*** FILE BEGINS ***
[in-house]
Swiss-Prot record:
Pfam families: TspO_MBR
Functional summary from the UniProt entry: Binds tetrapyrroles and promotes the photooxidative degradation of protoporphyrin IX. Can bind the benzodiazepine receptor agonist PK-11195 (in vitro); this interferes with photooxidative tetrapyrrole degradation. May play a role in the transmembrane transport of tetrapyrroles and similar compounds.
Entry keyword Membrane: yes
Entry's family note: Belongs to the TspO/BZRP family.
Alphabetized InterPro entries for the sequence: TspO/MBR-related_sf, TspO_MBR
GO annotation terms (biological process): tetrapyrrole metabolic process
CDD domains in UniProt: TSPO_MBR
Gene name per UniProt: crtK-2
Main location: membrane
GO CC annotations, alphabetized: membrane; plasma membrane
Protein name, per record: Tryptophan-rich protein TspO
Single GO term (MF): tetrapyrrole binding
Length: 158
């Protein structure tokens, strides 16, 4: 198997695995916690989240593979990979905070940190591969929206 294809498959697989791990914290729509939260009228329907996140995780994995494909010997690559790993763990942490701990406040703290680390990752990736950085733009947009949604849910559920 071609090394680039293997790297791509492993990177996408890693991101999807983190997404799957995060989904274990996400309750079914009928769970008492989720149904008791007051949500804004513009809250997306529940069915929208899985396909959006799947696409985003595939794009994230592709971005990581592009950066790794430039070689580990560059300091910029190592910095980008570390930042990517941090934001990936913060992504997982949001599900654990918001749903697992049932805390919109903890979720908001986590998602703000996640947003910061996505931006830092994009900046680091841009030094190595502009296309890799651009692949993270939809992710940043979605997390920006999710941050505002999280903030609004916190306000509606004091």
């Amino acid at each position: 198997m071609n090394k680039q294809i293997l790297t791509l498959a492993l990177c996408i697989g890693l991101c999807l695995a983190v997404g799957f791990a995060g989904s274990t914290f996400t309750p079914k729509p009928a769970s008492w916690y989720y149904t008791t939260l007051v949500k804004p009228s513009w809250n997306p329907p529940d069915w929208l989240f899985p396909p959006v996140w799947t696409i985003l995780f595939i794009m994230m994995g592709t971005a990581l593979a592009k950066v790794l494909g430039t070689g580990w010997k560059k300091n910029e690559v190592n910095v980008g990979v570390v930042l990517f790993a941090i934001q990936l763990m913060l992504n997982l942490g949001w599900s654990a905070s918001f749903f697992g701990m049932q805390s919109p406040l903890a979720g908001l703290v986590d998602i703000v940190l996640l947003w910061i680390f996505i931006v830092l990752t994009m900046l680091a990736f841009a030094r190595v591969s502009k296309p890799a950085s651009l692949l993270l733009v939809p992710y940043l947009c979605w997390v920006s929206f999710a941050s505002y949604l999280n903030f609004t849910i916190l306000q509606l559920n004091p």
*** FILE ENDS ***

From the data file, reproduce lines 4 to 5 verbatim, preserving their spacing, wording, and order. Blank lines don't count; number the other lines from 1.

Functional summary from the UniProt entry: Binds tetrapyrroles and promotes the photooxidative degradation of protoporphyrin IX. Can bind the benzodiazepine receptor agonist PK-11195 (in vitro); this interferes with photooxidative tetrapyrrole degradation. May play a role in the transmembrane transport of tetrapyrroles and similar compounds.
Entry keyword Membrane: yes